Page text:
Magnetic resonance imaging (MRI)
MRI combines the use of a very strong magnet, radio waves and a computer system to provide detailed images of internal structures and soft tissue structures. Electrical pulses are used to vary the direction and strength of the magnetic field, causing temporary magnetic realignment of atoms and molecules within your body. The machine's powerful computers can recognise the changes in the atoms as typical of organs and other structures within the body, building up a picture of the body parts.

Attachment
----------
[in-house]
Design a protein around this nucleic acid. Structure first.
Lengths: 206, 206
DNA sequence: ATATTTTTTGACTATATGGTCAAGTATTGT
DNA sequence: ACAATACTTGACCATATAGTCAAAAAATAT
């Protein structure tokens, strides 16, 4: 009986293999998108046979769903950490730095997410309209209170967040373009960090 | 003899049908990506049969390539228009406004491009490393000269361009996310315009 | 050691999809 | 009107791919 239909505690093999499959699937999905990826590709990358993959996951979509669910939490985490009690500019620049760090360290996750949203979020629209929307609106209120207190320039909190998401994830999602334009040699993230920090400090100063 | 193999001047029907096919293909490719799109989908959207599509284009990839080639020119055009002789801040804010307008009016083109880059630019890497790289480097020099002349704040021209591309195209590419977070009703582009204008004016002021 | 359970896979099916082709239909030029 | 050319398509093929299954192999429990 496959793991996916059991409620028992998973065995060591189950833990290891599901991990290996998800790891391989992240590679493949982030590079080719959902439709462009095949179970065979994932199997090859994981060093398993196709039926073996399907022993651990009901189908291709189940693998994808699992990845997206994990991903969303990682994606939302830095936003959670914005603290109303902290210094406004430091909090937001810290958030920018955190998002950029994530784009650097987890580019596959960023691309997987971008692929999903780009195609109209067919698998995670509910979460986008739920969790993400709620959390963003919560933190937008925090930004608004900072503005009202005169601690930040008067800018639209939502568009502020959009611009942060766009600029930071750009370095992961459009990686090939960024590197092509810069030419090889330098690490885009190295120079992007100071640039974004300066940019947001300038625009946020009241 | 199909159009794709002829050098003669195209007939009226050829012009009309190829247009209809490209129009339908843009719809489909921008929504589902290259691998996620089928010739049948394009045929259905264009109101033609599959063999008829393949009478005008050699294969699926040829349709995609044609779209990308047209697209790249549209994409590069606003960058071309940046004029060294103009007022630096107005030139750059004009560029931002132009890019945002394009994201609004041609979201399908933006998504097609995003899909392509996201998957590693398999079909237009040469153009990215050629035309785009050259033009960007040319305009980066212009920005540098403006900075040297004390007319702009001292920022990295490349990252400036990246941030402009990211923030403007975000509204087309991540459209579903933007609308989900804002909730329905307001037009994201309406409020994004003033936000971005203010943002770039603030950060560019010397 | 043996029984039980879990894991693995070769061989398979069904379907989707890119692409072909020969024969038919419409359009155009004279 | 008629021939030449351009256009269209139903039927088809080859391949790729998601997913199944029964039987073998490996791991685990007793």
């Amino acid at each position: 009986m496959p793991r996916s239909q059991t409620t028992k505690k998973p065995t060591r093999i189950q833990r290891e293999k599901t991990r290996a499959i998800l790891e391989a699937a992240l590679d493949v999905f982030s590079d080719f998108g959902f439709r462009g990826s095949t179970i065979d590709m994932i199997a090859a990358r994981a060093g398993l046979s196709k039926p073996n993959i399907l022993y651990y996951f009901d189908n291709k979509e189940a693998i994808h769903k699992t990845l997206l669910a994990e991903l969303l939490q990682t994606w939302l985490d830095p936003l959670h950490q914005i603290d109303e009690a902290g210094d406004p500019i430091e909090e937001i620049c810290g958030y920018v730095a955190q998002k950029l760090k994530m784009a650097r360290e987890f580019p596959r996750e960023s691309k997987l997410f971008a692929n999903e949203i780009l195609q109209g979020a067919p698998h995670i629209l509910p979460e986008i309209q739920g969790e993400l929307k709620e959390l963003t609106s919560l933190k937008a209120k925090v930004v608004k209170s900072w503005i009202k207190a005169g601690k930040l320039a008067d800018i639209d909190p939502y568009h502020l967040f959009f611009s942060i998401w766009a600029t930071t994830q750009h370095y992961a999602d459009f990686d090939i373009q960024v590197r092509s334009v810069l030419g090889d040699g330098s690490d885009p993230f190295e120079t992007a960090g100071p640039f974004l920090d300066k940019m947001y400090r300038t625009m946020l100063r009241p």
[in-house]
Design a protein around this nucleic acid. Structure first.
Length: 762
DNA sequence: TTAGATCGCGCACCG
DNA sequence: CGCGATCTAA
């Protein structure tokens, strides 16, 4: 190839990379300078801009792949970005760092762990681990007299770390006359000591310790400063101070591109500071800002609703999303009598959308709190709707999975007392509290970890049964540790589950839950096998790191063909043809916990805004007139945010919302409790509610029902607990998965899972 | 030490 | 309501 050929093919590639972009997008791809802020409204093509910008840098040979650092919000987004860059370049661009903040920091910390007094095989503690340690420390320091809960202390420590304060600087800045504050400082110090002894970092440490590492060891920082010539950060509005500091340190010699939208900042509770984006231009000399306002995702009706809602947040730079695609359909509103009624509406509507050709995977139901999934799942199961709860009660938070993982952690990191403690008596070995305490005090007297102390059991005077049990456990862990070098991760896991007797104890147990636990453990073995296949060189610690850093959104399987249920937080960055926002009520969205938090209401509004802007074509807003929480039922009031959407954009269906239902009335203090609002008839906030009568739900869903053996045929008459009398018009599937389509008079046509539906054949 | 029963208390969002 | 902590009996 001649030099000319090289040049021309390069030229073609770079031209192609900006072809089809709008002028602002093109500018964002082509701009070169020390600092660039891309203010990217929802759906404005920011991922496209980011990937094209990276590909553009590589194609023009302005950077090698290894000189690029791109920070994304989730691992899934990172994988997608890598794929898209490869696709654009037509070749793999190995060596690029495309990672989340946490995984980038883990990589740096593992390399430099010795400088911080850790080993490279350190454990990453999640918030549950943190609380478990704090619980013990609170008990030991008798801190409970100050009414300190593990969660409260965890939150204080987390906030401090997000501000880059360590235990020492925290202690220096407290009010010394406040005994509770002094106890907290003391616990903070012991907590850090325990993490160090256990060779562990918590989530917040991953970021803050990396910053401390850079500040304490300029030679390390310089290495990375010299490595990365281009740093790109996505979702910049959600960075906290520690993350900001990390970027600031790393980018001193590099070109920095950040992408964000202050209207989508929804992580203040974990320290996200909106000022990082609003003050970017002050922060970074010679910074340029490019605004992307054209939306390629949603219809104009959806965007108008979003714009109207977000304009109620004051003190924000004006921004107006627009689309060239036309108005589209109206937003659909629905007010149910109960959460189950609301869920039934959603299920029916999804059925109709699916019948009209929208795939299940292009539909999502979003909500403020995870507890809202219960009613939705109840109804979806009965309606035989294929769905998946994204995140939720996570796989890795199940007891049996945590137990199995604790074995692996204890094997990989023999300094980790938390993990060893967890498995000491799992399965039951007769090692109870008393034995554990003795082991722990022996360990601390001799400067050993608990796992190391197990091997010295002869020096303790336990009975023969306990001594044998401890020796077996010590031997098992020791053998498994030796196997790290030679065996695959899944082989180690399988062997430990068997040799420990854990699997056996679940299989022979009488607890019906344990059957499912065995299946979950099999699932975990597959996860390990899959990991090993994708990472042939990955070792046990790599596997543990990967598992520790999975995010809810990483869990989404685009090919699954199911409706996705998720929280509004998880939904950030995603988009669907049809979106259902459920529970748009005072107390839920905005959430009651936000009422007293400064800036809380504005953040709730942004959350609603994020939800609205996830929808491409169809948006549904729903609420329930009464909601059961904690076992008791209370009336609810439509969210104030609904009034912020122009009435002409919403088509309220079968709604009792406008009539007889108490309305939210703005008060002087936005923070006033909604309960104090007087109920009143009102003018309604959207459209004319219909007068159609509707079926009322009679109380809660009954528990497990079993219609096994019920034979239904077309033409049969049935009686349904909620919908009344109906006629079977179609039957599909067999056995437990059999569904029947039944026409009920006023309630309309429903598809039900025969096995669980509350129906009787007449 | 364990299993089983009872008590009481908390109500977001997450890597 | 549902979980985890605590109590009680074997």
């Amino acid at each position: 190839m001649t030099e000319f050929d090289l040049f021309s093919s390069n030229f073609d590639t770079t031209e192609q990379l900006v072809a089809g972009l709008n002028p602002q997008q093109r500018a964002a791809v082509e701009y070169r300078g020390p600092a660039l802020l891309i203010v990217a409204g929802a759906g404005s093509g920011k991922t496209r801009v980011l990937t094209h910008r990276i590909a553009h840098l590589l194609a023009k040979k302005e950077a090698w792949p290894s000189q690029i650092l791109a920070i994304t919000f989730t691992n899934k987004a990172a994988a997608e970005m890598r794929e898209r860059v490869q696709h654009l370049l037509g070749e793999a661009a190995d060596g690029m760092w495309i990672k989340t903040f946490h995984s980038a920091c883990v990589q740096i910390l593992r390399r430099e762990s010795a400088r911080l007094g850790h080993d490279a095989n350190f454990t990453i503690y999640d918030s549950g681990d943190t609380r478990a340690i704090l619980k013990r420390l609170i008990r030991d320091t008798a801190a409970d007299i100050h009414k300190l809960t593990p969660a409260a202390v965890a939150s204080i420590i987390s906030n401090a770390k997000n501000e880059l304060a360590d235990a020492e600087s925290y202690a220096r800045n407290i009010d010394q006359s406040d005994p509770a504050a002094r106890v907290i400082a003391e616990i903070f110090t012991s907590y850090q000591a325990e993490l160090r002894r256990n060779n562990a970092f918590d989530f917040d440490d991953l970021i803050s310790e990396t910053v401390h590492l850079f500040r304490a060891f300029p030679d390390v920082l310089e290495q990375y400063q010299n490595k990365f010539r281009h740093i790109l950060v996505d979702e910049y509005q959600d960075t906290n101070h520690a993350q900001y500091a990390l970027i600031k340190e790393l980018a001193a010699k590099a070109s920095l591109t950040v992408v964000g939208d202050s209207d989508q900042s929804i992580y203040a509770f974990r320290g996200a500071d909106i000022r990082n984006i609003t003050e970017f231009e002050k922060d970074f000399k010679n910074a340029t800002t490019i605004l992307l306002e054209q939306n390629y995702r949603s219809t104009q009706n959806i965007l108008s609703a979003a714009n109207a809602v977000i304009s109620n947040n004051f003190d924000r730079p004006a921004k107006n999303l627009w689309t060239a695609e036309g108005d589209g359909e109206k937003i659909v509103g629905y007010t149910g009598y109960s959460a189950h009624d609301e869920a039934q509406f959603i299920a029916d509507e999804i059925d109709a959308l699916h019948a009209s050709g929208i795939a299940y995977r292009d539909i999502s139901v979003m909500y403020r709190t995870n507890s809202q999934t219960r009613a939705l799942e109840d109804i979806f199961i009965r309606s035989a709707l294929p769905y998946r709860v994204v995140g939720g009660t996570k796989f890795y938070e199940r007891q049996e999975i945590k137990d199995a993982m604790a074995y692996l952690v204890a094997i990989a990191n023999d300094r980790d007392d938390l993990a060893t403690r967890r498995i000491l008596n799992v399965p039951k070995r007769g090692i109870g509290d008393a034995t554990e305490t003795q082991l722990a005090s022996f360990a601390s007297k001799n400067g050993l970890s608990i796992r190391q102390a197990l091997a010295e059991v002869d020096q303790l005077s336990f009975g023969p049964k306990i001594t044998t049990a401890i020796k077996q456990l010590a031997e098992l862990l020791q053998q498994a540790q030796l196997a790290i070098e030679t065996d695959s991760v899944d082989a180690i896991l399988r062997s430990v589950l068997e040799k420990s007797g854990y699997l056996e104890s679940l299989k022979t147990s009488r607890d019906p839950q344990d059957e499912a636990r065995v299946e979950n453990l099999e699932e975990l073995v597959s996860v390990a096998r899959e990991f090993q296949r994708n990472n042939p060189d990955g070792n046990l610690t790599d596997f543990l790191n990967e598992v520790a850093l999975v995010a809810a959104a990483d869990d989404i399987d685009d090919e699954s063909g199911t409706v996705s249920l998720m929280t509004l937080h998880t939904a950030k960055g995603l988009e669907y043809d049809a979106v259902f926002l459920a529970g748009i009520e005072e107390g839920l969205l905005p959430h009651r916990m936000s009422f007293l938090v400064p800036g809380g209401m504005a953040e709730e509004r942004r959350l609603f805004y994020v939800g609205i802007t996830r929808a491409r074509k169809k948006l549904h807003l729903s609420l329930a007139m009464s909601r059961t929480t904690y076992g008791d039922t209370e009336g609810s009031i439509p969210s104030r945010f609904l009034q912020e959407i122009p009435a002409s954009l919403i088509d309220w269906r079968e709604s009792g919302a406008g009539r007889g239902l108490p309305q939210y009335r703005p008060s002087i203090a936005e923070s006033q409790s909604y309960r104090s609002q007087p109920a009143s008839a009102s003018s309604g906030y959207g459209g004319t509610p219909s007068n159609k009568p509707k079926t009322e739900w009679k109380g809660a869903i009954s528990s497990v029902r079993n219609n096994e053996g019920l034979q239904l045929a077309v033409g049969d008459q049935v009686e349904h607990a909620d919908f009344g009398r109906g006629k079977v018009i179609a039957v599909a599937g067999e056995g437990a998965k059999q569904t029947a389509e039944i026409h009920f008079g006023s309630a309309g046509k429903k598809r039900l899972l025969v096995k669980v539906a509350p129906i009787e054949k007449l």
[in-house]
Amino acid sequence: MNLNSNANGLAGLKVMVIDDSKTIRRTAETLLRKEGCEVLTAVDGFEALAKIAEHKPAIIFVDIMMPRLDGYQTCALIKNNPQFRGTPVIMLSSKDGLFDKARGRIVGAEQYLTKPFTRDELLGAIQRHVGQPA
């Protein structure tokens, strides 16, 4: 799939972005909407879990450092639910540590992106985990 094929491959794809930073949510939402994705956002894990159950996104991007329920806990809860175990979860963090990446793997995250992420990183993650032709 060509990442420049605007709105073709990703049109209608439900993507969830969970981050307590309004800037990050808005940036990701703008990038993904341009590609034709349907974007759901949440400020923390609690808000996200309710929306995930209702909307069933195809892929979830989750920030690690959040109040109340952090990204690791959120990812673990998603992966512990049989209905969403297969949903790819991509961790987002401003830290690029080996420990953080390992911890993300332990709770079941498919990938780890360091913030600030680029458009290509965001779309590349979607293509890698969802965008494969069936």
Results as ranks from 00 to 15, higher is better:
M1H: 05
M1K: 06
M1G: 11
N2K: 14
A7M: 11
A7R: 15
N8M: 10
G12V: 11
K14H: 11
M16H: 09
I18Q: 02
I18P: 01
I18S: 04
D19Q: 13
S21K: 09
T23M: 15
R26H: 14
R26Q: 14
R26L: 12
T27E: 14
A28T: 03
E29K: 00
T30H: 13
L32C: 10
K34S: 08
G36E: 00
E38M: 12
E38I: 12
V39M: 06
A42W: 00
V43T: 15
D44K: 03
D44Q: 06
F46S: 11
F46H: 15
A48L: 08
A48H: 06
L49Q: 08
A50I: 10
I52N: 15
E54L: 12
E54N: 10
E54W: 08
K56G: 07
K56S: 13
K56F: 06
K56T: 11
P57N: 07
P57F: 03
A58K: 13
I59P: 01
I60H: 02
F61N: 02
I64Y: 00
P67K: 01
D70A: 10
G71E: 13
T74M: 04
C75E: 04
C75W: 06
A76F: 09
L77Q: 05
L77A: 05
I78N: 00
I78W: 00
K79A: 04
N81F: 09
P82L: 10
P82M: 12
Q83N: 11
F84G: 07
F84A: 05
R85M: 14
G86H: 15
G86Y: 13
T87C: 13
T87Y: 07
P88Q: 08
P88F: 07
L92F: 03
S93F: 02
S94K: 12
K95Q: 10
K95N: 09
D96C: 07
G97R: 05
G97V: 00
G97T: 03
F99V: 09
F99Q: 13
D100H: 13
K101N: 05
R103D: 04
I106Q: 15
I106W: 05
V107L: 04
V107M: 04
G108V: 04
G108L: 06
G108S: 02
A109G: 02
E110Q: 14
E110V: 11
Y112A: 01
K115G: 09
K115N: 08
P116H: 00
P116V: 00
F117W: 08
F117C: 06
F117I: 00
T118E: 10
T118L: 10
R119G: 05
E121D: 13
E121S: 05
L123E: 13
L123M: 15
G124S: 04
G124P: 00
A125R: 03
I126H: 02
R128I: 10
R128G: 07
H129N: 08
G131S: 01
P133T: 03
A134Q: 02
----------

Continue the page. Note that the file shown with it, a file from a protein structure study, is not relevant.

MRI is an imaging option for many areas of the head and body and for joint and musculoskeletal problems. It is the most sensitive examination to image many spinal and joint problems. The level of detail seen with an MRI is extraordinary compared with any other imaging modality. MRI uses no x-rays and the magnetic fields are not known to be harmful.
The Bournemouth Private Clinic at Royal Bournemouth Hospital has 2 MR scanners, both 1.5 Tesla Siemens machines including the very latest and highest specification scanner.